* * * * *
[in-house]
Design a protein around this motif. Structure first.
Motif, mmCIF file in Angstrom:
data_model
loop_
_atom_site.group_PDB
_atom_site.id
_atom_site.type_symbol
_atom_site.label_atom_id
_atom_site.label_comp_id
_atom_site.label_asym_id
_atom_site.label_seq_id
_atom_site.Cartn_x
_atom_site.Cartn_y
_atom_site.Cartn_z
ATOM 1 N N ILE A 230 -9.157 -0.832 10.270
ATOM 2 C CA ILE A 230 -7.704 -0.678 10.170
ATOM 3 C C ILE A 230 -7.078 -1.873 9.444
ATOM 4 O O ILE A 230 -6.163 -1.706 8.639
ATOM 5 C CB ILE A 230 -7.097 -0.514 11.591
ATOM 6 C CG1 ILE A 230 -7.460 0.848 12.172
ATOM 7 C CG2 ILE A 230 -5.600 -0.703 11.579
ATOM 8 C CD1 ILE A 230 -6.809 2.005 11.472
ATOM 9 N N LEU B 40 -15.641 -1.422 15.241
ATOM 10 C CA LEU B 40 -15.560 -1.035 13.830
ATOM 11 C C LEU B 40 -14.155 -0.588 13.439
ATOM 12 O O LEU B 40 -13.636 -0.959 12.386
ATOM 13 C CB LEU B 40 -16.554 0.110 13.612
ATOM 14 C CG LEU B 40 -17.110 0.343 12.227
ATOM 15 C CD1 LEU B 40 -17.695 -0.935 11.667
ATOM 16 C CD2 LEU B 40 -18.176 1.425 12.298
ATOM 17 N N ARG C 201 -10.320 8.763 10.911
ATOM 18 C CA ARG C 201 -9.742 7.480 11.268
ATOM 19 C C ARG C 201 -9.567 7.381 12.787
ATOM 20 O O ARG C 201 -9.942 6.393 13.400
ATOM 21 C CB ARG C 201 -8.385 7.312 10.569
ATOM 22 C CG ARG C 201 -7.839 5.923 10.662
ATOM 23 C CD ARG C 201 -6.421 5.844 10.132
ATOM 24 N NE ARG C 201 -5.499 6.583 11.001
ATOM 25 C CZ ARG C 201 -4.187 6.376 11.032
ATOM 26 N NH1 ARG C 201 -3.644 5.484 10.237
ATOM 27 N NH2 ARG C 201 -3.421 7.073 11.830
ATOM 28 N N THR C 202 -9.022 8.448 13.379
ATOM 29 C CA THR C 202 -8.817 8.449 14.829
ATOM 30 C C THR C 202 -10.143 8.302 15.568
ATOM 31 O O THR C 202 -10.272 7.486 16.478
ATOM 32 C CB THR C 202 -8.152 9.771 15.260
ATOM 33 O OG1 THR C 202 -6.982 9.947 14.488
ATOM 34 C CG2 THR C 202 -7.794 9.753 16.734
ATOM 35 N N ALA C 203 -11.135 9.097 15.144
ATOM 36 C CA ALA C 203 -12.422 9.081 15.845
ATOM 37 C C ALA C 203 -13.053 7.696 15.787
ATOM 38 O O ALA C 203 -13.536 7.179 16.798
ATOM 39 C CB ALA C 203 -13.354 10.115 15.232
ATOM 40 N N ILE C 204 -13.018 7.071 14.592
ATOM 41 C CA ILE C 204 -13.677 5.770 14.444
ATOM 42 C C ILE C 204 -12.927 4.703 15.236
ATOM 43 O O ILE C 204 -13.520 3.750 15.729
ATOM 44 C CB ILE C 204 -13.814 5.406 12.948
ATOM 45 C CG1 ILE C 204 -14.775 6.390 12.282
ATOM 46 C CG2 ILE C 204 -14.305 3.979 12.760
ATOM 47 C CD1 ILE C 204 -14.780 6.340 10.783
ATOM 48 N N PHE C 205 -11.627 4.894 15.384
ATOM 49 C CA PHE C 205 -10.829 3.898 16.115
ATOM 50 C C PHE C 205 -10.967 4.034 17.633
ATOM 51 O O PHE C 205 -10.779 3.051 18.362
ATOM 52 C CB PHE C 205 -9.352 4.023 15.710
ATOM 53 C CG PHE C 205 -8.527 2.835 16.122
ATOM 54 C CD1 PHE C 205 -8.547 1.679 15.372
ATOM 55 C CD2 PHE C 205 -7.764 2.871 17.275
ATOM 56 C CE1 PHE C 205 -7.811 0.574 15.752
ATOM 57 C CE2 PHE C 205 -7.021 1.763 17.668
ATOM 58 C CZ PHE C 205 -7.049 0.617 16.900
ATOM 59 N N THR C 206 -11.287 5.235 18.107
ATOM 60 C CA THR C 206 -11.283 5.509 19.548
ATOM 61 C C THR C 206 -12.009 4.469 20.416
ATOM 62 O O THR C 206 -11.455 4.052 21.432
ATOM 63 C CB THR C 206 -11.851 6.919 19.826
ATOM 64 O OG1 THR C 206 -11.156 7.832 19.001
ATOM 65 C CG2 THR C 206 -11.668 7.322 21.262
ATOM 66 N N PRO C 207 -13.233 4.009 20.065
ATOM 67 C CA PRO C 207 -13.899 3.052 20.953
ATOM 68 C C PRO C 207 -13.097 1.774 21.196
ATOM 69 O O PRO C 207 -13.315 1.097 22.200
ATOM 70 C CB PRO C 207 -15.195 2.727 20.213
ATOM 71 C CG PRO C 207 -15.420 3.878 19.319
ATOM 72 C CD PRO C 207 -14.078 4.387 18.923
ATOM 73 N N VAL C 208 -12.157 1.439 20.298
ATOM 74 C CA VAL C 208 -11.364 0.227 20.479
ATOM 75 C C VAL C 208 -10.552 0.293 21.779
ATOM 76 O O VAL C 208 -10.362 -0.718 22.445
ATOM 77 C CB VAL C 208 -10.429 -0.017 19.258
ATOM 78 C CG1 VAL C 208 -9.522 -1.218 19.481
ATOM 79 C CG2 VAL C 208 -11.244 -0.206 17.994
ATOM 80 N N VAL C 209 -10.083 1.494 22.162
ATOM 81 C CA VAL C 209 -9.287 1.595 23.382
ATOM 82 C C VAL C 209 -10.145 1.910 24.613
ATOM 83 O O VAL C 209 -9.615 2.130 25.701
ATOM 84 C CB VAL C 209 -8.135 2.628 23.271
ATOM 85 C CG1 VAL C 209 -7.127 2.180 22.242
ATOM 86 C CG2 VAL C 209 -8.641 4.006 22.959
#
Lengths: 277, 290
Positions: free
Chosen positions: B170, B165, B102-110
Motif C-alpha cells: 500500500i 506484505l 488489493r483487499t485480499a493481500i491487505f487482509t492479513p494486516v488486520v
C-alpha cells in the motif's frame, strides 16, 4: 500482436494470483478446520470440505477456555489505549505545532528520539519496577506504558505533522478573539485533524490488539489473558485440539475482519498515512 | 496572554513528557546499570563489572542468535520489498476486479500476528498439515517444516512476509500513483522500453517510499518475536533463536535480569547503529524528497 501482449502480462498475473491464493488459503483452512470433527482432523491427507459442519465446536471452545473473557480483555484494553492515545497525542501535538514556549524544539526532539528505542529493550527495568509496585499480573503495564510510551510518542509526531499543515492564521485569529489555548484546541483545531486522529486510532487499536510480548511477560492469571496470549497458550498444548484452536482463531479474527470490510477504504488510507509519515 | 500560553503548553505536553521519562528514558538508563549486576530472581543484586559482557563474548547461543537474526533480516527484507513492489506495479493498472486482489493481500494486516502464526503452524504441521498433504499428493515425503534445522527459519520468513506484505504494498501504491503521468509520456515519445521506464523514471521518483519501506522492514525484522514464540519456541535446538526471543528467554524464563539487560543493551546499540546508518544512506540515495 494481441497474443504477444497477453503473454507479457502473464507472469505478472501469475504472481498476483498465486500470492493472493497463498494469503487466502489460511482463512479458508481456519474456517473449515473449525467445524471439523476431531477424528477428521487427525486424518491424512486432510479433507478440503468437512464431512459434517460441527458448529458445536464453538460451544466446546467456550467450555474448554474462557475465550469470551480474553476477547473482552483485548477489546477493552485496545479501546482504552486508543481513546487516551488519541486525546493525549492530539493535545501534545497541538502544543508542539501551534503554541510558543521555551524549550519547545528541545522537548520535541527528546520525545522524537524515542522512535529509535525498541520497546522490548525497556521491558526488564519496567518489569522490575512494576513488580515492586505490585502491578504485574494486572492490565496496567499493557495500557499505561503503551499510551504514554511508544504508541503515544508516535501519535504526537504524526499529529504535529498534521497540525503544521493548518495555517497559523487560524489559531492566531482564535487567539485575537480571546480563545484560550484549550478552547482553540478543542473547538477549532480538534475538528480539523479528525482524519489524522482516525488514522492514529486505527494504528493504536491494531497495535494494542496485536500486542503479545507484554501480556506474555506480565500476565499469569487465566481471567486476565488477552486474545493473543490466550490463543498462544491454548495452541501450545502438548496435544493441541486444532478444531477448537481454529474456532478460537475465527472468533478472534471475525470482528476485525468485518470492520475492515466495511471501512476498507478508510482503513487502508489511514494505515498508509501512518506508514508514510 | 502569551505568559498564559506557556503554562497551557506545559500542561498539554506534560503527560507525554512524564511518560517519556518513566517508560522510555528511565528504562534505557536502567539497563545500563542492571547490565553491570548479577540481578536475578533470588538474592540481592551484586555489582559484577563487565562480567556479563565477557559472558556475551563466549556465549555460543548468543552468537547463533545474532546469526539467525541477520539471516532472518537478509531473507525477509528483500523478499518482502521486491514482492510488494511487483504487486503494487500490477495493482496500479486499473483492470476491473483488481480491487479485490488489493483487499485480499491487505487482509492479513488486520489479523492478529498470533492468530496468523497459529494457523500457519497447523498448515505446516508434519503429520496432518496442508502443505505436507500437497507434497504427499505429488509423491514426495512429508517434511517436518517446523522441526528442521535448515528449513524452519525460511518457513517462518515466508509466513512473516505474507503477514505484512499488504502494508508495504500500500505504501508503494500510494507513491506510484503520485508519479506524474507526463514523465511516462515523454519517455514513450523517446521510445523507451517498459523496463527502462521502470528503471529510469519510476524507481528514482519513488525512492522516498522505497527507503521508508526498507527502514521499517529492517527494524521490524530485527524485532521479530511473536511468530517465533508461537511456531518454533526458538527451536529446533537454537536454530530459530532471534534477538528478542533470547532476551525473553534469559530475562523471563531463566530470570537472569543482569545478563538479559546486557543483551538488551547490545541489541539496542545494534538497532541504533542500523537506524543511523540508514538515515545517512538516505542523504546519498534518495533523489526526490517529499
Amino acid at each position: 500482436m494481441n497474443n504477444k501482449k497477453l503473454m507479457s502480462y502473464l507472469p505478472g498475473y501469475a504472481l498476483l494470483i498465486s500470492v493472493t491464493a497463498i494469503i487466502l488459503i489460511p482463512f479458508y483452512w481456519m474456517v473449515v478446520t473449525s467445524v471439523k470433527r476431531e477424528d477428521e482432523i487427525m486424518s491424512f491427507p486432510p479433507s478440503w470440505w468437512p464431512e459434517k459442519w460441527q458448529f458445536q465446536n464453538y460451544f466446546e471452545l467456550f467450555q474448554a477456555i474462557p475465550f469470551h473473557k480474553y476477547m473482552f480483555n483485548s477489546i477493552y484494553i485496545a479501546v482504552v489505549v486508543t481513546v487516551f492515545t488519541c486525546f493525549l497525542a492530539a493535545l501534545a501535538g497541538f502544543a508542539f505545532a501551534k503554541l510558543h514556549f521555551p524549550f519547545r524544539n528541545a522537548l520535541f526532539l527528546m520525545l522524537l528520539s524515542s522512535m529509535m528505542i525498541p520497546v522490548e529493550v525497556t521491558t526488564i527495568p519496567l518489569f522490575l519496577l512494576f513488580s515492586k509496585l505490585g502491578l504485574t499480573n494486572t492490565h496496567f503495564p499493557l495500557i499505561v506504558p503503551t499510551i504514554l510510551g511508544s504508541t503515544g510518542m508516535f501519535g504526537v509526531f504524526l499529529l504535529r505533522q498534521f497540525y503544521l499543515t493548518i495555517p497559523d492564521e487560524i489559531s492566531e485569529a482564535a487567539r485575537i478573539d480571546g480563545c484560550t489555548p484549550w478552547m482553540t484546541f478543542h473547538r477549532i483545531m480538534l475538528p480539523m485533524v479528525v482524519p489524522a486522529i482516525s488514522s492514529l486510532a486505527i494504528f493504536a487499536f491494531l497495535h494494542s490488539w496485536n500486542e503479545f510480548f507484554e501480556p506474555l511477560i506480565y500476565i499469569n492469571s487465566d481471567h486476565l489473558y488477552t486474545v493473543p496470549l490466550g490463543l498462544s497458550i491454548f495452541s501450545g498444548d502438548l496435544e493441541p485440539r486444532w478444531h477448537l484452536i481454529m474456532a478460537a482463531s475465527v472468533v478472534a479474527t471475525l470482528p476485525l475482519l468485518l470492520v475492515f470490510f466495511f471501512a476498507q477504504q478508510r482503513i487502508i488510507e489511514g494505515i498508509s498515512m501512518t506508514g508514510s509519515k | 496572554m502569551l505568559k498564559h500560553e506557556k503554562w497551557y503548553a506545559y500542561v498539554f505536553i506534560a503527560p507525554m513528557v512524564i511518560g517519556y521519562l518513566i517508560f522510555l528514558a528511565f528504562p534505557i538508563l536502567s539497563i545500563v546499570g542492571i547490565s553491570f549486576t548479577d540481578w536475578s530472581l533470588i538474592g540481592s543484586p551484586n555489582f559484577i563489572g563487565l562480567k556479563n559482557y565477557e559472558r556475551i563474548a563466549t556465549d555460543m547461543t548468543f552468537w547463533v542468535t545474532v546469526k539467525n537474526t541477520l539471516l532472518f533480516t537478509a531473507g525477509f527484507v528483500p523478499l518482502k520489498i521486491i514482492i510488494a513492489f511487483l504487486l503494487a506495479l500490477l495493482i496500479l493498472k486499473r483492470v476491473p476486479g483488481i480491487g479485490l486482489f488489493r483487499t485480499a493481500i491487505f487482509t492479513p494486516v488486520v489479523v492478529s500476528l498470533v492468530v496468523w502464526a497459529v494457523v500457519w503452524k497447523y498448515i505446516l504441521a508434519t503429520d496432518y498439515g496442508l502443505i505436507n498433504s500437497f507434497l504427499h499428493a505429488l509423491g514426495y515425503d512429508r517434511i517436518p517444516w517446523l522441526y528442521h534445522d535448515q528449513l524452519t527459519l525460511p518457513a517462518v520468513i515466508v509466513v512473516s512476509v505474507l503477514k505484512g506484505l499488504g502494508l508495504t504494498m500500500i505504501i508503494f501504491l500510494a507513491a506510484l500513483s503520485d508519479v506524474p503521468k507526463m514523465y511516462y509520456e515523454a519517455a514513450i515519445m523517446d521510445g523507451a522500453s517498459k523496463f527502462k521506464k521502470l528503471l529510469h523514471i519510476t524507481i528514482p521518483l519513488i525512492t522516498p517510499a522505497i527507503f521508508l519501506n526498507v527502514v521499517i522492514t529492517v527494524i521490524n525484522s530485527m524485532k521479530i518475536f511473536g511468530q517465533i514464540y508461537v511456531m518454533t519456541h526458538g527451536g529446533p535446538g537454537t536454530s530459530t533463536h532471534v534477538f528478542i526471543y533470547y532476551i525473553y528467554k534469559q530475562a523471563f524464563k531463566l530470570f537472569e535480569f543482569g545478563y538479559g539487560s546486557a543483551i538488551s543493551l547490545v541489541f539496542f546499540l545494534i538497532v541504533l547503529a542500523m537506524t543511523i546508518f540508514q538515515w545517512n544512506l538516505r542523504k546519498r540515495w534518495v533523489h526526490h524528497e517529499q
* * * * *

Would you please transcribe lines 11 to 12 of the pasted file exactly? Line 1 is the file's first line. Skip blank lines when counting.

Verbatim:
_atom_site.label_asym_id
_atom_site.label_seq_id